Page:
Nanjing Bundle Projects
The bundle project started in the end of 2009 with a regional strategic research for Nanjing's Liuhe district, a heavily polluted industrial center cross the Yangtze River from the historic Nanjing. The APA team recommended corridor solutions to repairs its urban center in the west, and suggested smart growth pattern for its pristine countryside in the east.
Upon the completion of research, Liuhe government invited APA to continue the consulting service to work on the two new towns identified by APA team as the potential development nodes: Golden Ox Lake, a resort TOD new town with "healthy city" theme, and Longpao, a pilot low carbon new town experiment.
Sustainable Urbanization for the Next Generation
On April 9, 2011, as part of APA's National Planning Conference in Boston, young adults from the U.S. and China came together to discuss the involvement of younger generations in the cities of tomorrow. APA's people-to-people dialogue brought together young trendsetters from the two biggest influencers of world urbanization to express their thoughts about the future.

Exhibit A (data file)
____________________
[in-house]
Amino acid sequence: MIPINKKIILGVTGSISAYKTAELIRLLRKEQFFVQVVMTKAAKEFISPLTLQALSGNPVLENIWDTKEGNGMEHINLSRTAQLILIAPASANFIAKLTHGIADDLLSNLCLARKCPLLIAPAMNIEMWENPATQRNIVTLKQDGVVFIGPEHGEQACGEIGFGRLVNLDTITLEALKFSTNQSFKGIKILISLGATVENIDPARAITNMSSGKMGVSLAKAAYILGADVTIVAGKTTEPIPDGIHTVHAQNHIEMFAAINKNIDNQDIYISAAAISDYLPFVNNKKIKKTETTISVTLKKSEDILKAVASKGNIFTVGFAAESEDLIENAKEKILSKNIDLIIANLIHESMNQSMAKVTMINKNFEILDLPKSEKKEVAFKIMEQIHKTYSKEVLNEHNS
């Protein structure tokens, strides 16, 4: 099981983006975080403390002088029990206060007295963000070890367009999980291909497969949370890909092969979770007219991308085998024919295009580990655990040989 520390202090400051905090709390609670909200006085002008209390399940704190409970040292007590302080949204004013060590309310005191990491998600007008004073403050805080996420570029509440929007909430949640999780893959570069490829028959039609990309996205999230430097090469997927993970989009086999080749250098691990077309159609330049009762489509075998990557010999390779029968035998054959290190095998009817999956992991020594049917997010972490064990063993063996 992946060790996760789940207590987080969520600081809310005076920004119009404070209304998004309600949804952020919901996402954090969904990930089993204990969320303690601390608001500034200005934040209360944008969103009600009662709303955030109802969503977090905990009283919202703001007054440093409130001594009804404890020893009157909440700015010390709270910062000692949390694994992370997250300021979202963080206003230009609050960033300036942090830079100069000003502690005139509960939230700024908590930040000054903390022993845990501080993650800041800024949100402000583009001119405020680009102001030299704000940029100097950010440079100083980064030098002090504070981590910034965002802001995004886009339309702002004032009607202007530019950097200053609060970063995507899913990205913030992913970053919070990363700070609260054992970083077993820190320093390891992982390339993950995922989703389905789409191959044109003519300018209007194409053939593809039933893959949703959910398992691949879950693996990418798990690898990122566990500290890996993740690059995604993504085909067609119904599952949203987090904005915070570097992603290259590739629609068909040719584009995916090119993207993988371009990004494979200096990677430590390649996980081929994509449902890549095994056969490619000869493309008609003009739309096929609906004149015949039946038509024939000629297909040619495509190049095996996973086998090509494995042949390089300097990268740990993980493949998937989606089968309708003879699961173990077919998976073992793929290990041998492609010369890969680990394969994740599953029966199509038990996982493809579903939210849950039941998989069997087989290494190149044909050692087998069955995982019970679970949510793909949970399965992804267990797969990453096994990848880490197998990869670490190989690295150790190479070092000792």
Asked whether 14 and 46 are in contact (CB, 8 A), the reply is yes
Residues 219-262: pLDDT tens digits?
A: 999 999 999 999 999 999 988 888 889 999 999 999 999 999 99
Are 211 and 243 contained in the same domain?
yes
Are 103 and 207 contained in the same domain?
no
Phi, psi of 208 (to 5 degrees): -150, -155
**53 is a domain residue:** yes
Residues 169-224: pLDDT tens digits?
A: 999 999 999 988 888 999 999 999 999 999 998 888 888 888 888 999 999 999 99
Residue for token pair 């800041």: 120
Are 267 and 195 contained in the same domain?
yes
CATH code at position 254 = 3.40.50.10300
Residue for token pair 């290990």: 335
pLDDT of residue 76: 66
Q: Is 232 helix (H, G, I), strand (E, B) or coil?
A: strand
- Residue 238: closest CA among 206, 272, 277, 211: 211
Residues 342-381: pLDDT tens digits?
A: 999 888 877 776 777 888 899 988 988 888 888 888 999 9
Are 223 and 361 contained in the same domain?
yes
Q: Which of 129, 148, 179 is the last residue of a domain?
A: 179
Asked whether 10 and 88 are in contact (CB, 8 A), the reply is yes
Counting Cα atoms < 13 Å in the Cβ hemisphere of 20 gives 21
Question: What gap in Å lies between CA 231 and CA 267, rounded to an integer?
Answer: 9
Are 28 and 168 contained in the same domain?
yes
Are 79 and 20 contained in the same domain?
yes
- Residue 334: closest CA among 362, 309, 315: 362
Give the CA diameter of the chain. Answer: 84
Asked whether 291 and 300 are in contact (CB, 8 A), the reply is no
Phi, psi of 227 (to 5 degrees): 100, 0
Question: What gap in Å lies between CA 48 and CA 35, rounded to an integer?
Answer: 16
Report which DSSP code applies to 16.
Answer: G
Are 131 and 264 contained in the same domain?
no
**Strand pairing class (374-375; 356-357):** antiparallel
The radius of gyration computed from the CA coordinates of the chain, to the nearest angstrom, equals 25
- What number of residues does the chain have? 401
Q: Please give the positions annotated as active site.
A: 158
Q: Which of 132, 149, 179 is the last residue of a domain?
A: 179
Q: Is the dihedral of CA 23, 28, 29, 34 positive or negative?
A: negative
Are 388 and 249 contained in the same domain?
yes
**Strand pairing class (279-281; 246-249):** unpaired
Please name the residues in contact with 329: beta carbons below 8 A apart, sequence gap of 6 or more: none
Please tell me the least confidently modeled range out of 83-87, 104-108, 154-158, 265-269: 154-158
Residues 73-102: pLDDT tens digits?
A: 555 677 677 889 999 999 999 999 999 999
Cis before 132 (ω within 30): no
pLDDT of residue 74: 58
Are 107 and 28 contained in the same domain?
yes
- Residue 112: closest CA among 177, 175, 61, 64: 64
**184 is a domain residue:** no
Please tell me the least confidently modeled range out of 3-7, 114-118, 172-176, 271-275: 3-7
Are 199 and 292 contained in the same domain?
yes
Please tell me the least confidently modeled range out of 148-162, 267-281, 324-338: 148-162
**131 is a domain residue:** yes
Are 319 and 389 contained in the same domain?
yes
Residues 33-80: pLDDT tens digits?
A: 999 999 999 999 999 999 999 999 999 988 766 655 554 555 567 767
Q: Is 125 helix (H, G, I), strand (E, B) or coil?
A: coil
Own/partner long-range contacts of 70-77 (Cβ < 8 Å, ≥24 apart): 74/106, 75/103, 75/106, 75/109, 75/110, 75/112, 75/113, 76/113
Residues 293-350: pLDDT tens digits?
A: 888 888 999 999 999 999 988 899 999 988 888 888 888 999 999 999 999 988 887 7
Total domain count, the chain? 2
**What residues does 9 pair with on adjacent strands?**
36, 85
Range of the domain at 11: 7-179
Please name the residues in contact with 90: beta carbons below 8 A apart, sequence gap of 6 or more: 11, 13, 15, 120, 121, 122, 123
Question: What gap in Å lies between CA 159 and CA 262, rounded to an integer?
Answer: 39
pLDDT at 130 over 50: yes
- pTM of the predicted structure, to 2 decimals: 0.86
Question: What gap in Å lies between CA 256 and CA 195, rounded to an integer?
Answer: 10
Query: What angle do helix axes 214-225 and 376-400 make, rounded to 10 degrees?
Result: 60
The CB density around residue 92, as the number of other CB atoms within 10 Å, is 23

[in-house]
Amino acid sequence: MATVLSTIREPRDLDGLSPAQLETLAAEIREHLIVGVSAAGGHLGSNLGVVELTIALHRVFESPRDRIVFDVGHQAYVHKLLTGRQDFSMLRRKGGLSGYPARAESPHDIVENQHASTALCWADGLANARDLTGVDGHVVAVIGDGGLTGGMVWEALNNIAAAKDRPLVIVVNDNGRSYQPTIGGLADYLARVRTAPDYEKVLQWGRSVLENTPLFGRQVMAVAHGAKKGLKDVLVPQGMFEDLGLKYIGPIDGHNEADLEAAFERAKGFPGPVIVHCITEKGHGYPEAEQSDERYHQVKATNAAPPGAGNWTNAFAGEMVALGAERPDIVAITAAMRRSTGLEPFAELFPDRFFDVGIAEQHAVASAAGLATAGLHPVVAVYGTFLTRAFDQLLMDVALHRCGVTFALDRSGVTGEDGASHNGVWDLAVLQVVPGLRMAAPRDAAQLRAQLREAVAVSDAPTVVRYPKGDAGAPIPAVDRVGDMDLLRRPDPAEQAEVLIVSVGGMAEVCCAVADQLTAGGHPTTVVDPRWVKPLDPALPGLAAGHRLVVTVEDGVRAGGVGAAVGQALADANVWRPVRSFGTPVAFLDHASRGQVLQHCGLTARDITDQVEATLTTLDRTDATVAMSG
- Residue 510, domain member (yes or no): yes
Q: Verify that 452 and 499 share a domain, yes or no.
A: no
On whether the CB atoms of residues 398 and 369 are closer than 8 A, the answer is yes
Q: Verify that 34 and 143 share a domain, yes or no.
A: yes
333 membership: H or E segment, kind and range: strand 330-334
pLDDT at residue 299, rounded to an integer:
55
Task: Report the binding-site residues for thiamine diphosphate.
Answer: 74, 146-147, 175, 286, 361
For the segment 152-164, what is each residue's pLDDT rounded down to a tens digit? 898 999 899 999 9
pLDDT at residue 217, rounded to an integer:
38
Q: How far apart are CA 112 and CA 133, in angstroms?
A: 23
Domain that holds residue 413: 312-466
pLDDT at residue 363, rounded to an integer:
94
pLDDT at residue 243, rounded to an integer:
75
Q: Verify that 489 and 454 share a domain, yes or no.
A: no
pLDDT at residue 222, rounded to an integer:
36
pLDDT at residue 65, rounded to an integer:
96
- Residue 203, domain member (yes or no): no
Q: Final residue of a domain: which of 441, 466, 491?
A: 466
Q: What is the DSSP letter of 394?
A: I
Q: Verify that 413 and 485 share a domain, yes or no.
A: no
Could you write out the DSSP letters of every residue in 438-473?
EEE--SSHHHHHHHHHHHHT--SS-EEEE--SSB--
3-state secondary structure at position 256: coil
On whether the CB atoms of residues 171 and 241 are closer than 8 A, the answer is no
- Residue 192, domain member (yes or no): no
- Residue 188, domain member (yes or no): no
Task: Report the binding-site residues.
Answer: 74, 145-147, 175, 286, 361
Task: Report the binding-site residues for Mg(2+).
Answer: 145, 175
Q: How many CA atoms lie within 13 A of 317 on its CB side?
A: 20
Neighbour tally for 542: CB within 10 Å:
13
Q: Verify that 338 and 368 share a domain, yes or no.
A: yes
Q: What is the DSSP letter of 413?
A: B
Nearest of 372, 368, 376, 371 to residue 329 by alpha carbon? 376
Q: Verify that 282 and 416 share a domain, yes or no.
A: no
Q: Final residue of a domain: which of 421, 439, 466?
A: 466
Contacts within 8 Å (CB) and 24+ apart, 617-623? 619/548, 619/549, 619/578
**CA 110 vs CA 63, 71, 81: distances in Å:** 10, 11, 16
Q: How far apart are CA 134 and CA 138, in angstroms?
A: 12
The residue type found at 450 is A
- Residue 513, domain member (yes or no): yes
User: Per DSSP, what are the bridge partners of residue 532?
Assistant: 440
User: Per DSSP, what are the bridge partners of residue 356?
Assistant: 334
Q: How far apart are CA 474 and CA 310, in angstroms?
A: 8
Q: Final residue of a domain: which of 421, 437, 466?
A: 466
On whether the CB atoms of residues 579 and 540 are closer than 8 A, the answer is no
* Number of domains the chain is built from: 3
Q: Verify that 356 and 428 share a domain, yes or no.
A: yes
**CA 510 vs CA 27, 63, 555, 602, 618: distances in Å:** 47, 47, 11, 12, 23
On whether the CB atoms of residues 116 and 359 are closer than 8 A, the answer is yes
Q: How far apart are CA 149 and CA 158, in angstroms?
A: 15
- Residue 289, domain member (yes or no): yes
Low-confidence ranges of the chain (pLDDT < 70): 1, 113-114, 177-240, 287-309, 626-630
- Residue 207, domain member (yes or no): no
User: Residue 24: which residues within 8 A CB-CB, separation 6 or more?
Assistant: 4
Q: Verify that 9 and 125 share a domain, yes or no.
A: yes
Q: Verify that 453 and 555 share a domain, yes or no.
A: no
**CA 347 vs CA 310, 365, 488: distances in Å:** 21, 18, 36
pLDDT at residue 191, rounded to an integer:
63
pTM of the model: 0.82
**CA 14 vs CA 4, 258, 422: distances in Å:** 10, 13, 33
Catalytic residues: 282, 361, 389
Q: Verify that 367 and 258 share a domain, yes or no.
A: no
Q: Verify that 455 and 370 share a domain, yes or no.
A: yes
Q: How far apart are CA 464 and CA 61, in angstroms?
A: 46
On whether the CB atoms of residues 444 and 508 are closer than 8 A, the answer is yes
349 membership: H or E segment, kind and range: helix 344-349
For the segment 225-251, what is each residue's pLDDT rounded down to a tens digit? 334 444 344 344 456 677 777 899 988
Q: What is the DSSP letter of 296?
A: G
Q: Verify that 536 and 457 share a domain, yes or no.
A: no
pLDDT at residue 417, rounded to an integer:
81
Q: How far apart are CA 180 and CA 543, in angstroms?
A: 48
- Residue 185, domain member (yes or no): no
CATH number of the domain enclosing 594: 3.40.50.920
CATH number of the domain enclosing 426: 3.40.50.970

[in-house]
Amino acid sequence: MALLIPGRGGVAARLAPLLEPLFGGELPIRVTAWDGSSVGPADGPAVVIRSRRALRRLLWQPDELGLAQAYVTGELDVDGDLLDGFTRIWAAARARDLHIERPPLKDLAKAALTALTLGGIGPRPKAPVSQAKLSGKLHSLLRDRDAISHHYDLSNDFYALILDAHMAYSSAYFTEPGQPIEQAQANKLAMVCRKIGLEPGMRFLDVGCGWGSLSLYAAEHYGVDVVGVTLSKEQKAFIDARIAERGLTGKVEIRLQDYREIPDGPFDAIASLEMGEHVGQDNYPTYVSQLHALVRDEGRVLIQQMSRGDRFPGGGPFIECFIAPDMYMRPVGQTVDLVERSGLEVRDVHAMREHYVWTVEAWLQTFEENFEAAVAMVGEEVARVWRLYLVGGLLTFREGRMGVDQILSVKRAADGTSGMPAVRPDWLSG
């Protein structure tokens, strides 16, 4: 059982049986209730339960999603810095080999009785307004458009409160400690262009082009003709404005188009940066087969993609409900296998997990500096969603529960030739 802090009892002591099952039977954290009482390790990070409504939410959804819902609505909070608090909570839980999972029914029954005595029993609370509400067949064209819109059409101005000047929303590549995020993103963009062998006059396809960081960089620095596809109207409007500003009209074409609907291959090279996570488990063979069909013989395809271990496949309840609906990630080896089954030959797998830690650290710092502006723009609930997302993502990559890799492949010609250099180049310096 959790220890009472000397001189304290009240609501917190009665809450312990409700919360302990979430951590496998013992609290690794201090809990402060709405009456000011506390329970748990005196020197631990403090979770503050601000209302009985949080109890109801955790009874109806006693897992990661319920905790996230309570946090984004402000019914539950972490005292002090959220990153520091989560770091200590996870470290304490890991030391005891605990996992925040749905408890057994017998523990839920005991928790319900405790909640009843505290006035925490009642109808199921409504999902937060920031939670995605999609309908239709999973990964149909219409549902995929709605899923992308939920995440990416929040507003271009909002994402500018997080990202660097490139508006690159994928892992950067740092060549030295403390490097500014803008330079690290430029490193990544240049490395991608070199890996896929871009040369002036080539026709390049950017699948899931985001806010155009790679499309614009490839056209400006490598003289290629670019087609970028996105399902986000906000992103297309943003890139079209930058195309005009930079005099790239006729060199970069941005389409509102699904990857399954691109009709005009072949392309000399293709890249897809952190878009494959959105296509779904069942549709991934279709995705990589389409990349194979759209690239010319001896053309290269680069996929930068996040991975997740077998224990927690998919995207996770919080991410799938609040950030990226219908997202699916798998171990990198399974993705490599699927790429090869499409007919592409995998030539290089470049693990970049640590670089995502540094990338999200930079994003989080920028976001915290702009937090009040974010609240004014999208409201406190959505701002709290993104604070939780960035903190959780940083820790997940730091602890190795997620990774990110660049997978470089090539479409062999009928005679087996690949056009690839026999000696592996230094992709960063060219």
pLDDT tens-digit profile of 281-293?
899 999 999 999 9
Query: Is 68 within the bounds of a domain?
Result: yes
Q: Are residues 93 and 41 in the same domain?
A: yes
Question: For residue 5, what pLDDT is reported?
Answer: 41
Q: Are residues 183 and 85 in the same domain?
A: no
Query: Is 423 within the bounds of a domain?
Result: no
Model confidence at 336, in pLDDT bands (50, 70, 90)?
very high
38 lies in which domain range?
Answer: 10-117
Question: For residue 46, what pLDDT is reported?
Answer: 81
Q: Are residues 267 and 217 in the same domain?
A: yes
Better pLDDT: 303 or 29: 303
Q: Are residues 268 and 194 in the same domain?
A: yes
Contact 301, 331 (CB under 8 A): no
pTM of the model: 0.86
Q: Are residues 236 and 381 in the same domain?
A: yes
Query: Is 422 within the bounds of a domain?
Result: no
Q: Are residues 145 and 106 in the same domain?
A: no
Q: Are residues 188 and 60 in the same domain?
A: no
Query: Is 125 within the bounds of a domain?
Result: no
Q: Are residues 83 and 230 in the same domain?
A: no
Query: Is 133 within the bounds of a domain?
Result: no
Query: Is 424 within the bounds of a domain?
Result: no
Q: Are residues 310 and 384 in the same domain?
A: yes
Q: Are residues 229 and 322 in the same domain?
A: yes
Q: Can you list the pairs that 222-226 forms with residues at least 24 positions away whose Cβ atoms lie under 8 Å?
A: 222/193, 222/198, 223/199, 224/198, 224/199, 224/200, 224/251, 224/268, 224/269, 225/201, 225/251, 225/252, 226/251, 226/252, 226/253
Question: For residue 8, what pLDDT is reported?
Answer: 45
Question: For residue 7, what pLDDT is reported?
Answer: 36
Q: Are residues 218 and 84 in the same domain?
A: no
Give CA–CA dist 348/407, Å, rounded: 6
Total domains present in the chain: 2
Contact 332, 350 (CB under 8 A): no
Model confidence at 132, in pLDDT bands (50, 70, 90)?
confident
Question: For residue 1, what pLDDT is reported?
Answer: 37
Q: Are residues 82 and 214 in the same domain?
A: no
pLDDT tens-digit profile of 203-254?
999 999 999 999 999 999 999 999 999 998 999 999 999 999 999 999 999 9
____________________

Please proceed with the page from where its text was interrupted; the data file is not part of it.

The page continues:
Following the unconference concept, the six keynote speeches at the "International Forum on Sustainable Urbanization for the Next Generation" were interspersed with impassioned roundtable discussions and debates over issues that included social media and creative ways of participation, values and functions of future cities, decision making with the help of data, and types of innovative urban forms and lifestyles for the future.
The forum ended with 23 roundtable moderators delivering summaries of their roundtable discussions. The forum editorial team summarized the storm of ideas into 10 points as the 2011 Young Planners' Manifesto to guide the evolution of future planning: